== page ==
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'Let Me Apologize to You'

This is a rush transcript from "On the Record," August 13, 2009. This copy may not be in its final form and may be updated.

GRETA VAN SUSTEREN, FOX NEWS HOST: Did Congresswoman Sheila Jackson Lee dis one of her constituents at a town hall? Well, the congresswoman goes "On the Record" next. But first, watch this video, the Congresswoman talking on her cell phone while a cancer survivor asks her a question.

(BEGIN VIDEO CLIP)

TRACY MILLER: It can't happen without encroaching on someone else's civil liberty, and if your conscience allows you to proceed in the direction (INAUDIBLE) simply because you think's is good for America, then...

(CROSSTALK)

UNIDENTIFIED FEMALE: Take it seriously. Really. I mean, come on.

(CROSSTALK)

MILLER: (INAUDIBLE) if our conscience allows it, then (INAUDIBLE) good for America, then we're on the path to tyranny, and when does it stop?

(END VIDEO CLIP)

VAN SUSTEREN: Moments ago, Congresswoman Sheila Jackson Lee went "On the Record" to defend herself.

(BEGIN VIDEOTAPE)

VAN SUSTEREN: Congresswoman, nice to see you.

REP. SHEILA JACKSON LEE, D - TEXAS: It is good to be with you, my friend, and thank you for having me this evening. It's a pleasure to be with you.

VAN SUSTEREN: Let me give you a challenge. I want to challenge you to give short quick answers, because you and I don't have much time. I go lots of questions. Let me fire away, the first one. All I need is a name -- who were you talking to?

LEE: Oh, and let me correct that. It was not an Obama hotline. I was not talking. I was listening and trying to hear from a hot line that has been set up to help members get answers to what our constituents were asking.

(CROSSTALK)

VAN SUSTEREN: Was that a conversation with a person? Is that what it was, or not?

LEE: It is a hotline. There is a human being on the end. Don't ask me what their name was, but they were doing a good job. But we were engaging in the town hall meeting.

My town hall meetings are with friends and neighbors, fellow Americans. We engage. I was not making a keynote speech. I was walking up and down the aisles. I could listen and I can hear.

And by the way, I just became a good friend of Ms. Miller. And I understand she was on your show. I didn't know that was the case, but we stay to the very end talking to her...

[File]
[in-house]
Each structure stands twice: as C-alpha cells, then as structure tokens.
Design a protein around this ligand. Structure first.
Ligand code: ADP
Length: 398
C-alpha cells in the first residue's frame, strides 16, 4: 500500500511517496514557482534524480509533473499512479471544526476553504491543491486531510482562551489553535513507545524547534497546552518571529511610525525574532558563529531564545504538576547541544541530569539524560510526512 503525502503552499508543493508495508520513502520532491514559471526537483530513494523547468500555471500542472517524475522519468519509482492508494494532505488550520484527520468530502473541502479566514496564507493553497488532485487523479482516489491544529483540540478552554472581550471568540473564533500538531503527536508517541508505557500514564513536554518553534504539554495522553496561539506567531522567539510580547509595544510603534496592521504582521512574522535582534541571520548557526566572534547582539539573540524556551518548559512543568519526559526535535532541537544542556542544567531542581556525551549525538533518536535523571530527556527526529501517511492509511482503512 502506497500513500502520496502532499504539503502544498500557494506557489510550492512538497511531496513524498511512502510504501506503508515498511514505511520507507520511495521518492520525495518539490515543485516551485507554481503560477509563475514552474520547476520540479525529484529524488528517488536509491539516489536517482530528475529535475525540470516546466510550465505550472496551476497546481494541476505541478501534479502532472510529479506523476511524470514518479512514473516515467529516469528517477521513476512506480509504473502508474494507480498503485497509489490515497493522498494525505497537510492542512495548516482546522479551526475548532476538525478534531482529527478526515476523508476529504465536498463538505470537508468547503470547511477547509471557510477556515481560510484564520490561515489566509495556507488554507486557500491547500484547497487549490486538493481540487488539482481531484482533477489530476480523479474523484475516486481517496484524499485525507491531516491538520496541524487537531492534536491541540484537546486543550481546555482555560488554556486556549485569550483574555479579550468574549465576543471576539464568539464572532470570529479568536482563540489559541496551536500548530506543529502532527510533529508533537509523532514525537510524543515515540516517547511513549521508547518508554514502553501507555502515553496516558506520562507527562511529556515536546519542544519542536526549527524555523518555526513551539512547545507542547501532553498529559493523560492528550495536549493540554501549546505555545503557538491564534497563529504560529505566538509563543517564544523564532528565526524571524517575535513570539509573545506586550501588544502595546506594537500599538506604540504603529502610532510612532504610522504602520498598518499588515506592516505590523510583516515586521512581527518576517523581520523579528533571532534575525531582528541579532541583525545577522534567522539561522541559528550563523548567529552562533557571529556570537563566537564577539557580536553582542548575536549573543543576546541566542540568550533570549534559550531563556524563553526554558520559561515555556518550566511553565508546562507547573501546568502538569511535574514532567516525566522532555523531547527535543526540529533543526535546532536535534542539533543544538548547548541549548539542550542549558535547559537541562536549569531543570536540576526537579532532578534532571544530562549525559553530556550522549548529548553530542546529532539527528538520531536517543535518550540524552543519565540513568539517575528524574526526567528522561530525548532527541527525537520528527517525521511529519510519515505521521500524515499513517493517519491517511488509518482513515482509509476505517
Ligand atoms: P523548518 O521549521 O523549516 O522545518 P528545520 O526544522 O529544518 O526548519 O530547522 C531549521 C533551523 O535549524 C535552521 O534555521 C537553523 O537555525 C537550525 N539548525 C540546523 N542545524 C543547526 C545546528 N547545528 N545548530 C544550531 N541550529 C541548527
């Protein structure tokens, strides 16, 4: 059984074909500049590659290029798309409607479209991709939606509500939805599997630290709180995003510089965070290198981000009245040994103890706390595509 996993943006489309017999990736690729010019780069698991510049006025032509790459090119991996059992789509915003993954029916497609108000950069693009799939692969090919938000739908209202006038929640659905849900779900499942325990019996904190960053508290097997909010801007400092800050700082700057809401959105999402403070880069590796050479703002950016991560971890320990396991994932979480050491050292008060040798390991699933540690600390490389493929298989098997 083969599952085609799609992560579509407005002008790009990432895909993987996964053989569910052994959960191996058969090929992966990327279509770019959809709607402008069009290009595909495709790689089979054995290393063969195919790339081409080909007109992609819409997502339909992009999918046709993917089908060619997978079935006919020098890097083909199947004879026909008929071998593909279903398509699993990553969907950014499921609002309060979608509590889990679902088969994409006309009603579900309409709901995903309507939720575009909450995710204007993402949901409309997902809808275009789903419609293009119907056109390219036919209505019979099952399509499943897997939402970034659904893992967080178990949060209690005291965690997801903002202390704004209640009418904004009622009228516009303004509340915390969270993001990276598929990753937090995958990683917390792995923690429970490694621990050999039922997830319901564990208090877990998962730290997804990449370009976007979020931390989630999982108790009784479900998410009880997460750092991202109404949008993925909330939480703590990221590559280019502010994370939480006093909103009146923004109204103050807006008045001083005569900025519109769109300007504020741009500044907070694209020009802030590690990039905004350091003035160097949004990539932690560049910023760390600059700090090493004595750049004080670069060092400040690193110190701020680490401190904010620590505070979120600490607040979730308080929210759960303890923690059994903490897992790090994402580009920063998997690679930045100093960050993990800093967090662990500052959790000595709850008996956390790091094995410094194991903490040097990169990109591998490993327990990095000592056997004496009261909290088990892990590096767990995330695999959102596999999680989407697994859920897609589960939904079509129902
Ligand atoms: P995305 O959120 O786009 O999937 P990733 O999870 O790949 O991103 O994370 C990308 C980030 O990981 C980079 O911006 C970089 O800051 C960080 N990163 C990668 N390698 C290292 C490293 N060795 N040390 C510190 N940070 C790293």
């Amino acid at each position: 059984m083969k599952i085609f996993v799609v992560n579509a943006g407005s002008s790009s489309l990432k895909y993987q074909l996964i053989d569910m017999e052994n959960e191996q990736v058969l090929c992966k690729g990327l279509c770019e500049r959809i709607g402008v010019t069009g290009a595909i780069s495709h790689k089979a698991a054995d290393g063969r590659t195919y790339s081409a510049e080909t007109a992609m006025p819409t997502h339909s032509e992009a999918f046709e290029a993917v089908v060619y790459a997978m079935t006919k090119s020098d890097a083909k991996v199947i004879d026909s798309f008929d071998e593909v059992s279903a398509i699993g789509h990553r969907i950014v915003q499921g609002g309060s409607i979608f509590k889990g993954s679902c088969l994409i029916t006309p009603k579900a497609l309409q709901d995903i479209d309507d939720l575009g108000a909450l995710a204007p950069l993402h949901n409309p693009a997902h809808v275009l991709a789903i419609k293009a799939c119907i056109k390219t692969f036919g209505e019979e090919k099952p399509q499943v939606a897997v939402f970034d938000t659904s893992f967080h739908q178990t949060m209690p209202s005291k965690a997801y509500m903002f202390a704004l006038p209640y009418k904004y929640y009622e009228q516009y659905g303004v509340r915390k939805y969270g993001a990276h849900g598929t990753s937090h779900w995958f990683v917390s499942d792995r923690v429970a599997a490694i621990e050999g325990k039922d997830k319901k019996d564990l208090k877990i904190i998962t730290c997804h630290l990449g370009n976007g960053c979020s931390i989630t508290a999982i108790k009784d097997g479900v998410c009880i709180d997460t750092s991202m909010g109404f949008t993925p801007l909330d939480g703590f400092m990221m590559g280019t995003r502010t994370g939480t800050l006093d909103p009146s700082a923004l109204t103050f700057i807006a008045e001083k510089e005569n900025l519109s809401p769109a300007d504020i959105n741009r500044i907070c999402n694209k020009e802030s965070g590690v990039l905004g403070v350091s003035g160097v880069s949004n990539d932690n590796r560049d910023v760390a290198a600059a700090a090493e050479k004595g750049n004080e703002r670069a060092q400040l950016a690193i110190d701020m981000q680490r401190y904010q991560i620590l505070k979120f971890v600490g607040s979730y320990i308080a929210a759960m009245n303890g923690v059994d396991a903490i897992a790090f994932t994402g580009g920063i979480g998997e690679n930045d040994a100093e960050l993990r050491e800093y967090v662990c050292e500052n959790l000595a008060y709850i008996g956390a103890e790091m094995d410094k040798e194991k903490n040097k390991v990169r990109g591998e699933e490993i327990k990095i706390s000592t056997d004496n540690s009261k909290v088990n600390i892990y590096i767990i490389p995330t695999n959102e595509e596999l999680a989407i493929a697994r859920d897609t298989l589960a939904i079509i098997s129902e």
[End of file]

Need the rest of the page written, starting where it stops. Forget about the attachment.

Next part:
(CROSSTALK)

VAN SUSTEREN: You already lost this challenge of short, quick answers, so let me try again.

Can you understand -- I know that you can multitask. I know you have a million incoming things going on in your life but can you understand why that seemed profoundly rude? A woman is trying to ask a question, you're on the phone, whether you think it's a legitimate reason or not, she has a real question and it looks like you are just ignoring her.

LEE: Not profoundly rude, but I can certainly understand if offense was taken. It was not meant to be. And I hope that Tracy will come to my town hall meetings as I make my way through the month of August so that I can tell her that there was no offense. Sorry, Tracy, we can work through this.

And I hope that I can convince her to support HR.3200, because that is a fight that I am in, battling for my constituents to understand how much better this would be for their lives...

(CROSSTALK)

VAN SUSTEREN: I got that, but here is a problem that you have. You have Senator Reid who referred to protestors or people who go to town hall meetings as "evil-mongers." You have the un-American. You've got you on the telephone like you really don't care.

And these American people are coming to you, asking you questions, and you look like you're all dissing them.

LEE: No. and I am so glad that you ask me that question -- not a dish in my mouth. And my words, not the words of anyone you just reported, and this has been an emotional time. You should have been at the town hall last night when everyone was shouting "Just say no."